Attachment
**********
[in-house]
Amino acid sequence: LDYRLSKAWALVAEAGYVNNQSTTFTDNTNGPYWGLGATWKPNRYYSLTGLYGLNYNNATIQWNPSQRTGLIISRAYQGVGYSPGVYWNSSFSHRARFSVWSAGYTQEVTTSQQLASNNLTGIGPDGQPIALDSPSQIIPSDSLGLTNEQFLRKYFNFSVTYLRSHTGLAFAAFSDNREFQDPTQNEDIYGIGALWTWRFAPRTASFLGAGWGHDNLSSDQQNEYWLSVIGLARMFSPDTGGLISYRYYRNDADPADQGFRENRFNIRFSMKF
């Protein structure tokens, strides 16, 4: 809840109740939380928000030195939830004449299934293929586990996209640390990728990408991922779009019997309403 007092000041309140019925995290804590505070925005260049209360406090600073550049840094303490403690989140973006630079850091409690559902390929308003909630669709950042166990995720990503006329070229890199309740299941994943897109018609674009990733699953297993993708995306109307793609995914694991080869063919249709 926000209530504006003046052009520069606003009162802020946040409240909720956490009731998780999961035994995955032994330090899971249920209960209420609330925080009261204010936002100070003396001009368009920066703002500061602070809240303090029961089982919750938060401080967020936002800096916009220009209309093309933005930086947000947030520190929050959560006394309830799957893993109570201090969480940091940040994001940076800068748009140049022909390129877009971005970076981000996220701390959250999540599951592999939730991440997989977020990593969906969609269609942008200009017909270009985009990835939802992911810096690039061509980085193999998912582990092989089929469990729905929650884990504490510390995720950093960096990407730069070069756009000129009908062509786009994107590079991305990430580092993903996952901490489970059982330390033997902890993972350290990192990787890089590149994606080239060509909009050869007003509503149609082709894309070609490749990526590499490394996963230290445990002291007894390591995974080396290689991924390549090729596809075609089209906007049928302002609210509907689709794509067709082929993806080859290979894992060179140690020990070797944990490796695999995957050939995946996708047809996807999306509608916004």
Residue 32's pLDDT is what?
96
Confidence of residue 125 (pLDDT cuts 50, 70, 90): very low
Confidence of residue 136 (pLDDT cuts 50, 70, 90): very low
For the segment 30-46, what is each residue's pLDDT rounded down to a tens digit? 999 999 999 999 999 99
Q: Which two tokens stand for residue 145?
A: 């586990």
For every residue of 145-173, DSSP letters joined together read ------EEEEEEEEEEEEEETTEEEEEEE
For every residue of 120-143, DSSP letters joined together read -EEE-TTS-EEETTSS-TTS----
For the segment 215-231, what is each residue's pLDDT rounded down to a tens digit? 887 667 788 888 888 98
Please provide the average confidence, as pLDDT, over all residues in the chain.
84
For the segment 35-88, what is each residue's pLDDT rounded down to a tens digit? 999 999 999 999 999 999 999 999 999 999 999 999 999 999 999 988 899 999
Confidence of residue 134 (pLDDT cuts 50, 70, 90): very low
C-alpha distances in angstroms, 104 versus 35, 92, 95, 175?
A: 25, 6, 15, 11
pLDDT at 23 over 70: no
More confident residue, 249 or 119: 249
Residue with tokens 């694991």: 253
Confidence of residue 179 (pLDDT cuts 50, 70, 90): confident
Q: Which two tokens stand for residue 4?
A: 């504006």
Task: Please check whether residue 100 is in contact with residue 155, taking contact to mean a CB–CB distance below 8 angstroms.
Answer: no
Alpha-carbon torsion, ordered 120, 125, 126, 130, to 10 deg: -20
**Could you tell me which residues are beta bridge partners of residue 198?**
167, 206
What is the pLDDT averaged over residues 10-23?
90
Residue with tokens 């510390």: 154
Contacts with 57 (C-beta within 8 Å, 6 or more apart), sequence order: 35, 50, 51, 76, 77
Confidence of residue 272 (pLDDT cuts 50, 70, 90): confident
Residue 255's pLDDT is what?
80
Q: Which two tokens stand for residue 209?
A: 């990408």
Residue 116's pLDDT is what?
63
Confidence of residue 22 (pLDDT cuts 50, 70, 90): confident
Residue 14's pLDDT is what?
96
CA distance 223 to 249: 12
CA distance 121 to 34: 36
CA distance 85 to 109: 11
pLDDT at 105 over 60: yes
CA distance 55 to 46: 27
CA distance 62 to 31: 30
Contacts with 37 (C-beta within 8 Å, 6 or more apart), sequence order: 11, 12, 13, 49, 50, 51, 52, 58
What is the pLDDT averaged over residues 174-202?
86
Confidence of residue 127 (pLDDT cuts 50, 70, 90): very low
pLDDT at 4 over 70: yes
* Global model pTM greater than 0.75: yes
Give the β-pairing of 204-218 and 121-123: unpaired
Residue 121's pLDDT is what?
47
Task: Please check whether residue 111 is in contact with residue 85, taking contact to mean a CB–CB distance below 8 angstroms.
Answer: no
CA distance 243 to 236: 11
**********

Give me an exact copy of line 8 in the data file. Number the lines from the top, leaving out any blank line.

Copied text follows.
For the segment 30-46, what is each residue's pLDDT rounded down to a tens digit? 999 999 999 999 999 99